4 out of 4 stars
Share This Review
What do you get if you throw the humor of Monty Python and The Hitchhiker's Guide to the Galaxy into a blender along with some heaping helpings of 1960's pop artistry, mix it all up, pour it into a glass and drink it through a straw made of American politics? Look, I have no idea how any of that would even happen because it sounds ridiculous. But if we're really going to play this out, in a world where somehow that was physically possible, you'd probably end up with The Billionaires' Handbook: A User's Guide to Wealth and Power by Andrew Stevenson.
The Billionaires' Handbook: A User's Guide to Wealth and Power is a brilliant spoof of the 1% superrich that rule our nation. Taking on a first-person narrative voice, this frighteningly-real-but-totally-kidding-or-else-we're-all-screwed book explains how America ended up where it is today. Andrew tells readers, using a list of rules created by the rich themselves, how the rich not only keep getting richer, they employ tactics to ensure that they'll remain in the 1% for generations... or at least until the world itself rebels and wipes humanity out.
The first-person narration is superb. In fact, the book won me over when the first page had only four words on it: "Nice to Meet You". After a tiny bit of explanation, "Andrew" (the unnamed superrich narrator) writes "Don't worry, I believe in illustrating my points with actual illustrations. So this shouldn't be too painful." Oh, how wrong you are.
The Billionaires' Handbook: A User's Guide to Wealth and Power isn't painful because it's bad, it's painful because it's terrifyingly real. Beside images that blend 90's clip art with 60's pop art, "Andrew" tells us how the superrich don't break rules, they follow them... because they created them. Tax codes that allow the 1% to practically avoid taxes altogether? Check. Using celebrities and the internet to keep us distracted? Check. Owning the media so only the "right" news is told in the first place? You've got it! Money may not buy happiness, but enough of it sure buys pretty much everything and everyone.
"Convincing the world that you are having fun every minute of every day is downright pathological but if it helps us sell more eyeliner, please carry on.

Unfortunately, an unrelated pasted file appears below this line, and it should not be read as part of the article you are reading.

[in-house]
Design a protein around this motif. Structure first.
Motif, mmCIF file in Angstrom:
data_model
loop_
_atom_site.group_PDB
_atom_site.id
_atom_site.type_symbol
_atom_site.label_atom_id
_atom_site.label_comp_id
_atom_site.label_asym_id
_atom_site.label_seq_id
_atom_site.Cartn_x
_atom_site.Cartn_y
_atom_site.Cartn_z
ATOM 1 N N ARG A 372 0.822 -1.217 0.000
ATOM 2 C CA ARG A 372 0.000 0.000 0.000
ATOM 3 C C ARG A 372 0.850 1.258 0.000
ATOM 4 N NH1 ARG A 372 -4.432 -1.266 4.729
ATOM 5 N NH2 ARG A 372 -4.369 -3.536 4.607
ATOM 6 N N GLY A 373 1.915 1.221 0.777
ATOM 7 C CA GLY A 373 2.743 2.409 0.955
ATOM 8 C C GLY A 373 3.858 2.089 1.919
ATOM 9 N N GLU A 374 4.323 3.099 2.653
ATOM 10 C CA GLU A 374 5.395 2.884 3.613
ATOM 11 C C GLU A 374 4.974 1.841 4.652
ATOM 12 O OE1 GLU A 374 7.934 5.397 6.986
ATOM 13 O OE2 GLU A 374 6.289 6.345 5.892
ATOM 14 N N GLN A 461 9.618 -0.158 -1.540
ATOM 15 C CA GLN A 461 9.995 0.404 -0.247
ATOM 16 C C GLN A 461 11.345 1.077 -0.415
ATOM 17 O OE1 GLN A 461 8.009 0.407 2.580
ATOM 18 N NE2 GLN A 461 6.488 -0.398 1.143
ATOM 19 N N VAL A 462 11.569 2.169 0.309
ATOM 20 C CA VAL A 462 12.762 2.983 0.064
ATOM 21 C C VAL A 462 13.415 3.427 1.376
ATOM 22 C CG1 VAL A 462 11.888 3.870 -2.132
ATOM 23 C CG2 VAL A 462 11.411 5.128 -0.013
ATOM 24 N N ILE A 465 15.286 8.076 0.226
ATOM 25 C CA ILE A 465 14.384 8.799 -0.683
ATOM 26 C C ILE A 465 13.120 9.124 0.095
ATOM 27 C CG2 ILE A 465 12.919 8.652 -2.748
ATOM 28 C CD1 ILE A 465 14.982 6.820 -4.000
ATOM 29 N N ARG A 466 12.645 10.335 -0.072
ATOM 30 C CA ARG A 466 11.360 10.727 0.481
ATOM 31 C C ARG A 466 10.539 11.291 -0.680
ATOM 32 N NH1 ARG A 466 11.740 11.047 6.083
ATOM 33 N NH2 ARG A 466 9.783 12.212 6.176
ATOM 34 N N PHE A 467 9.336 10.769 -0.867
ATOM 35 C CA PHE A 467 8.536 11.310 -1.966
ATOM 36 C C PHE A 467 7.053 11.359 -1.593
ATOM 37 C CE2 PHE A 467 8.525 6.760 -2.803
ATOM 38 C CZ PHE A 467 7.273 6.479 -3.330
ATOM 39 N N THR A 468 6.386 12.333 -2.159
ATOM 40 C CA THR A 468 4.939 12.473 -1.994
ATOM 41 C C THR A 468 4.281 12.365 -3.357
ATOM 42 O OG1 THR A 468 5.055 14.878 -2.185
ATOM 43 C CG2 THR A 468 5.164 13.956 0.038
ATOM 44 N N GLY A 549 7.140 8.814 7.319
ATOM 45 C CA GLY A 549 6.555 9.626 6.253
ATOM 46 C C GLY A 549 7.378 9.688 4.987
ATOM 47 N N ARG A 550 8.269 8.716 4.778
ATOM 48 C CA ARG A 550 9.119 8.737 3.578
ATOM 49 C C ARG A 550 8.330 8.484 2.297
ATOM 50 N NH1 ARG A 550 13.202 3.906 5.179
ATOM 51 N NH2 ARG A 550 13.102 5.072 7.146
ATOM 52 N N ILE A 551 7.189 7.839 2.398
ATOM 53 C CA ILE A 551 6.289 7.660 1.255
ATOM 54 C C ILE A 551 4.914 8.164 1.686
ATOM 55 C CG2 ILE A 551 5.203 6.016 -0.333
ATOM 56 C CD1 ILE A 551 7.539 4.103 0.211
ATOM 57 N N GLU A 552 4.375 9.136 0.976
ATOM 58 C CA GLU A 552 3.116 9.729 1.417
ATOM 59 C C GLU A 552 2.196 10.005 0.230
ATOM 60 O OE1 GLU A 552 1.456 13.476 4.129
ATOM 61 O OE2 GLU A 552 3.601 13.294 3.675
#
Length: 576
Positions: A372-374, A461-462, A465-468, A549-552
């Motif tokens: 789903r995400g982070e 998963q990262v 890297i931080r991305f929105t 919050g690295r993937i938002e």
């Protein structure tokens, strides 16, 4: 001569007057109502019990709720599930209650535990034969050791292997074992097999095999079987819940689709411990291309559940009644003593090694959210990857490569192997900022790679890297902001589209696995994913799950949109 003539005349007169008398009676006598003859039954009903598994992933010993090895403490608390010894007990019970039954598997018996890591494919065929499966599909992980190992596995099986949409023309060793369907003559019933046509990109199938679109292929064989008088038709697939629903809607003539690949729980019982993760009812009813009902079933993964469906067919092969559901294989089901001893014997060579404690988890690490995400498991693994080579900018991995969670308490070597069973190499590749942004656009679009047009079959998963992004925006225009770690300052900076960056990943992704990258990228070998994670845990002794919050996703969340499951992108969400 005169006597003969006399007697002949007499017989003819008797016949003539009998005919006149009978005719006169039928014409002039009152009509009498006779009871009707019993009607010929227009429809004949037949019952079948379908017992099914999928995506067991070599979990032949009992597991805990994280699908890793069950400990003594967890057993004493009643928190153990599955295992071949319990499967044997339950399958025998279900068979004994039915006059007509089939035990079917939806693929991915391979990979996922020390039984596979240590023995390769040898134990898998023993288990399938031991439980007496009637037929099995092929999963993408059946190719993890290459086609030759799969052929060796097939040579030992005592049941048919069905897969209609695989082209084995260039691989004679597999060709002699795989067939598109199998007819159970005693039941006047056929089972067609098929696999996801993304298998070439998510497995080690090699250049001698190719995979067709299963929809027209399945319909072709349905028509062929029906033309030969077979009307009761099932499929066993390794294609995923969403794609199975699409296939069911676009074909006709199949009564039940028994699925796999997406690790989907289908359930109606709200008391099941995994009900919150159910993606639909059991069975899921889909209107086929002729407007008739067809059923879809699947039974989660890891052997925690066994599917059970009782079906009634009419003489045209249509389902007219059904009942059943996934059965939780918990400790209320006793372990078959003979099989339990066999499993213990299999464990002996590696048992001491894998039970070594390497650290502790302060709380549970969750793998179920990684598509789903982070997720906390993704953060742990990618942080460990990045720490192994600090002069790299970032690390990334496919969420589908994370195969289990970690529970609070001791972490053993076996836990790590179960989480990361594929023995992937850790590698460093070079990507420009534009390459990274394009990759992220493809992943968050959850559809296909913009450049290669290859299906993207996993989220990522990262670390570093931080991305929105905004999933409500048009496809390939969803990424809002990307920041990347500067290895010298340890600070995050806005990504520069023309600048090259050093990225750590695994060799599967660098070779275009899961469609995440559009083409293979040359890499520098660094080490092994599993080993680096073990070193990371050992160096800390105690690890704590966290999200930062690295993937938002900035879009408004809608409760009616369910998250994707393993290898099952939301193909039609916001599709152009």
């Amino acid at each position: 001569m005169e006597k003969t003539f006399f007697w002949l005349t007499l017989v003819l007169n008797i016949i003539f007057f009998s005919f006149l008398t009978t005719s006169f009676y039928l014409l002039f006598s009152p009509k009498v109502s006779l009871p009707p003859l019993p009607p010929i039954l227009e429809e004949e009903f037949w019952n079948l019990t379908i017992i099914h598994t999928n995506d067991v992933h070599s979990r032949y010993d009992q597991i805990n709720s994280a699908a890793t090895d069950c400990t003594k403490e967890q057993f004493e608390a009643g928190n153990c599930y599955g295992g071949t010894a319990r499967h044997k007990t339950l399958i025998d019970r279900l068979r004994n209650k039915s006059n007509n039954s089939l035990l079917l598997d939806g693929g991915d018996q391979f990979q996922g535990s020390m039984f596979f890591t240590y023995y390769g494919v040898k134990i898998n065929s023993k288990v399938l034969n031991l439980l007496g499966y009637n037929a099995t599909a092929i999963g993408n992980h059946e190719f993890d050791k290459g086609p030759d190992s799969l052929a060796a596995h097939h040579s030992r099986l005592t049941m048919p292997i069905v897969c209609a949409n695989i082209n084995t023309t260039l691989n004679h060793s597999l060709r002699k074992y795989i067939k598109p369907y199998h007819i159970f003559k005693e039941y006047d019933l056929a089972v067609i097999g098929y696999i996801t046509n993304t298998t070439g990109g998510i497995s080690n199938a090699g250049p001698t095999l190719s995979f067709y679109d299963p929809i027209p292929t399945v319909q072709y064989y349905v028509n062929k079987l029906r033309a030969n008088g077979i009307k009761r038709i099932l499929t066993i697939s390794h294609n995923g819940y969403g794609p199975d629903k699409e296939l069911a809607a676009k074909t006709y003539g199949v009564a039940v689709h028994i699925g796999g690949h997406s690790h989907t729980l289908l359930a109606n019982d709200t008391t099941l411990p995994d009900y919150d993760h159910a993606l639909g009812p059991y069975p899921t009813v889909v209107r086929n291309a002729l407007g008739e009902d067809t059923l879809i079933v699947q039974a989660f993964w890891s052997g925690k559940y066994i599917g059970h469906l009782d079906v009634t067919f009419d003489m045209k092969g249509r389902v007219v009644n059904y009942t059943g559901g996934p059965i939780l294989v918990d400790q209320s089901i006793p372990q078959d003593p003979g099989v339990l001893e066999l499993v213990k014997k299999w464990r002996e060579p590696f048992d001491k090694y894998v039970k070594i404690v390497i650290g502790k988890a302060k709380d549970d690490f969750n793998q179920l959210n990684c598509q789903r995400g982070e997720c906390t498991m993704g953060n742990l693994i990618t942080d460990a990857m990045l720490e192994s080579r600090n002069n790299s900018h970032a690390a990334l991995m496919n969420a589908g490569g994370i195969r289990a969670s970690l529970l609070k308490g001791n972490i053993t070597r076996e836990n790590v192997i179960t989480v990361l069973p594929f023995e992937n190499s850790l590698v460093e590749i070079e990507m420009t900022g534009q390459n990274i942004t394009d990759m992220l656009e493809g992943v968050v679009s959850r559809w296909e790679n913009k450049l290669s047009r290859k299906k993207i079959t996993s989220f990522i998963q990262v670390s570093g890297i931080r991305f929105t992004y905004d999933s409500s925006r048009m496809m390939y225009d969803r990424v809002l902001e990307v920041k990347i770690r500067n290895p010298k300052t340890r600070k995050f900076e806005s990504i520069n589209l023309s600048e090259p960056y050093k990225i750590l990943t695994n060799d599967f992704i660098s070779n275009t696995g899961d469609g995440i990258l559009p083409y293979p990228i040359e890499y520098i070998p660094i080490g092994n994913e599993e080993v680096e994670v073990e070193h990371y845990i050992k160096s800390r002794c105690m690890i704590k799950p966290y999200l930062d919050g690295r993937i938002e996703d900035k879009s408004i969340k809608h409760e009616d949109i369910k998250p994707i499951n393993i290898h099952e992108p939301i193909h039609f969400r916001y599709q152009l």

Remember that “influencer” and “follower” are also used to describe members of a religious cult so you might be eligible for tax-free status."
I don't think I've ever highlighted more amazing quotes in a book than I have in The Billionaires' Handbook: A User's Guide to Wealth and Power. Pages have a minimal number of words, much like a children's book, and Andrew really knows how to put every bit of textual real estate to good use. The artwork beside his writing is superb as well; while it smacks of a little simplicity (the clip art vibe), Andrew has created dozens of sharp, creative pieces, many of which would look right at home framed on one's wall. These are equally humorous and illustrative of what's been written, often incorporating parody (a man dodging bullets a la The Matrix that say "Taxes" and arbitrage knobs turned to 11, for example) or some other form of inspiration (such as a set of skyscrapers casting a shadow that looks like a middle finger). Then there are the superrich themselves, illustrated as famous figures like Uncle Sam, all of which have a blindfold over their eyes.
I'll admit that I was a bit confused at first - I'm a firm believer in burying my head in the sand and ignoring politics - but I learned a lot from the book. The humor is spectacular, and I didn't see any grammatical errors whatsoever. But the best thing about the book is that, while the author sets a very bleak scene for the past and particularly for the present, he lays out a potential future where the 99% take back our country. Under the guise of the superrich narrator getting older and wanting to be remembered as "The Greatest American of the Twenty-First Century," "Andrew" offers up some sage advice for getting out of this mess. Far too often, books that rip readers' rose-colored glasses from their faces make some valid points about the "real world", but then leave us to wallow in hopeless misery.
Aside from the bit of confusion I felt early in the book, I have nothing negative to report about The Billionaires' Handbook: A User's Guide to Wealth and Power. I'd heartily recommend it to anyone interested in politics or the state of America today, as well as lovers of Monty Python-esque humor. My rating for the book is 4 out of 4 stars. Aside from the aforementioned middle finger shadow, there's a quote from Monty Python's Life of Brian and a singular image in which a man holds up a Bible in front of a stained glass window with a dollar sign in it, but both successfully fulfill their purposes of mocking those who don't stand up to evil and those who use the Bible as a tool, not for religion, respectively.
The Billionaires’ Handbook
View: on Bookshelves